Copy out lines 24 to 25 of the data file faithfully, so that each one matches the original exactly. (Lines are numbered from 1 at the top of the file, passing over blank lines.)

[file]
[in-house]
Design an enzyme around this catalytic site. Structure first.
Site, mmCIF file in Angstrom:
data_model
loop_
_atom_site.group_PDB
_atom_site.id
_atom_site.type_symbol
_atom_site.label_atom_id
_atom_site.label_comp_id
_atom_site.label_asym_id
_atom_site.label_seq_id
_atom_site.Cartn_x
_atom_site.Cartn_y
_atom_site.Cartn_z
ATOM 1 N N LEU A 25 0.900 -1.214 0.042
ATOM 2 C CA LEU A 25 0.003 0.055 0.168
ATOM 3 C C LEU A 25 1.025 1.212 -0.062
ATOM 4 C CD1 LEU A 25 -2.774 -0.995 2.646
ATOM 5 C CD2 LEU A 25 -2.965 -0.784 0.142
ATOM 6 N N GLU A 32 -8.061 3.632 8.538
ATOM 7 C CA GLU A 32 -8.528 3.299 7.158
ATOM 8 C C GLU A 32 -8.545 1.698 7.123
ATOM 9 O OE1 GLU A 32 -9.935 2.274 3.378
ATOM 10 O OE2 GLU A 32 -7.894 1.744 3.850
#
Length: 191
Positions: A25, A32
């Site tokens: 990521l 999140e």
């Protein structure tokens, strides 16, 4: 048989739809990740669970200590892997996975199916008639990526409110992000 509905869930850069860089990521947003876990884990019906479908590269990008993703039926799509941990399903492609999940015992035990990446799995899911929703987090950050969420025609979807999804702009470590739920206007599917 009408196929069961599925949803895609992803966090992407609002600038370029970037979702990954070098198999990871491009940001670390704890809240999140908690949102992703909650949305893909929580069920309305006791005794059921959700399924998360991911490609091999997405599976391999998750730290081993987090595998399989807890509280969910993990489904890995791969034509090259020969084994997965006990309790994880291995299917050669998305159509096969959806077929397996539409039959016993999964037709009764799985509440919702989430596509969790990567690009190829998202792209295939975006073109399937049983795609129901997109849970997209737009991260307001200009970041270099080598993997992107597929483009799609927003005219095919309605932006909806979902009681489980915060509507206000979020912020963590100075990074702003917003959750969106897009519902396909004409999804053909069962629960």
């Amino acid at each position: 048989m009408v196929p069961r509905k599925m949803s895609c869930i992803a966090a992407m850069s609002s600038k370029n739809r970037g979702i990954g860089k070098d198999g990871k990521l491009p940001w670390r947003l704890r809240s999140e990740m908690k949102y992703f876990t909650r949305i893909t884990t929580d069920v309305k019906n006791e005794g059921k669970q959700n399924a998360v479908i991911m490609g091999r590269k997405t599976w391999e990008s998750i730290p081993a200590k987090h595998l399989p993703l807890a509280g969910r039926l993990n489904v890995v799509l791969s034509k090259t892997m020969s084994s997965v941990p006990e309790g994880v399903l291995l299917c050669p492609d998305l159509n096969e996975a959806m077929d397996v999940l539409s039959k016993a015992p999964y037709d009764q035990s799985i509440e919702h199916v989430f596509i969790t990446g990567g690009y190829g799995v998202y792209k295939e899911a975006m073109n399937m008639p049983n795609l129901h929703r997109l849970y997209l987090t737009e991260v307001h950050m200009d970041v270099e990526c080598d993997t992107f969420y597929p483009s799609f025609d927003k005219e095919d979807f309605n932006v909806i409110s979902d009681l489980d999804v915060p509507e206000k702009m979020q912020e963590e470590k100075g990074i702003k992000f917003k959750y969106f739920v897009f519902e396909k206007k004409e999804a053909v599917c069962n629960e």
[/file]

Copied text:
ATOM 9 O OE1 GLU A 32 -9.935 2.274 3.378
ATOM 10 O OE2 GLU A 32 -7.894 1.744 3.850